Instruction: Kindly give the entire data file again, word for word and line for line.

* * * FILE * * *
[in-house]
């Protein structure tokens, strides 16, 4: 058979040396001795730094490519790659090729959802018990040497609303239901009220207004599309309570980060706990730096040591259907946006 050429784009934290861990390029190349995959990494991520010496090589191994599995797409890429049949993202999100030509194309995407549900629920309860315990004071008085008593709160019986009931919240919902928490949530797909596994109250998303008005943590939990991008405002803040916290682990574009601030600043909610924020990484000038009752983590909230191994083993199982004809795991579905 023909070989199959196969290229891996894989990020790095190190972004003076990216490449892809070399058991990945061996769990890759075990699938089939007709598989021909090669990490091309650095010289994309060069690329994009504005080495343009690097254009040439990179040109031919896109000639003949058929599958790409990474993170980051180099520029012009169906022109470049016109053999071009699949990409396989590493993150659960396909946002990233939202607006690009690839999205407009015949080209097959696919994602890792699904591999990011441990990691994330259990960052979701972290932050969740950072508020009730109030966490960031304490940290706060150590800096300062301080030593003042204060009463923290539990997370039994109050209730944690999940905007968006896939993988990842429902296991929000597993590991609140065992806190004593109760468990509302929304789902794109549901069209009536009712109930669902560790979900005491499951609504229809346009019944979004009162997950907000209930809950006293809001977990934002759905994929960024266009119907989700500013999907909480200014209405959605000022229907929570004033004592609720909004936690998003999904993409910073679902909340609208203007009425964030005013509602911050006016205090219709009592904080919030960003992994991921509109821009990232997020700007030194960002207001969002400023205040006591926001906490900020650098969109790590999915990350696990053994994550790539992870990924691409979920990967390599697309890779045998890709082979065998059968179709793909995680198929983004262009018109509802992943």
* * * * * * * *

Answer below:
[in-house]
């Protein structure tokens, strides 16, 4: 058979040396001795730094490519790659090729959802018990040497609303239901009220207004599309309570980060706990730096040591259907946006 050429784009934290861990390029190349995959990494991520010496090589191994599995797409890429049949993202999100030509194309995407549900629920309860315990004071008085008593709160019986009931919240919902928490949530797909596994109250998303008005943590939990991008405002803040916290682990574009601030600043909610924020990484000038009752983590909230191994083993199982004809795991579905 023909070989199959196969290229891996894989990020790095190190972004003076990216490449892809070399058991990945061996769990890759075990699938089939007709598989021909090669990490091309650095010289994309060069690329994009504005080495343009690097254009040439990179040109031919896109000639003949058929599958790409990474993170980051180099520029012009169906022109470049016109053999071009699949990409396989590493993150659960396909946002990233939202607006690009690839999205407009015949080209097959696919994602890792699904591999990011441990990691994330259990960052979701972290932050969740950072508020009730109030966490960031304490940290706060150590800096300062301080030593003042204060009463923290539990997370039994109050209730944690999940905007968006896939993988990842429902296991929000597993590991609140065992806190004593109760468990509302929304789902794109549901069209009536009712109930669902560790979900005491499951609504229809346009019944979004009162997950907000209930809950006293809001977990934002759905994929960024266009119907989700500013999907909480200014209405959605000022229907929570004033004592609720909004936690998003999904993409910073679902909340609208203007009425964030005013509602911050006016205090219709009592904080919030960003992994991921509109821009990232997020700007030194960002207001969002400023205040006591926001906490900020650098969109790590999915990350696990053994994550790539992870990924691409979920990967390599697309890779045998890709082979065998059968179709793909995680198929983004262009018109509802992943």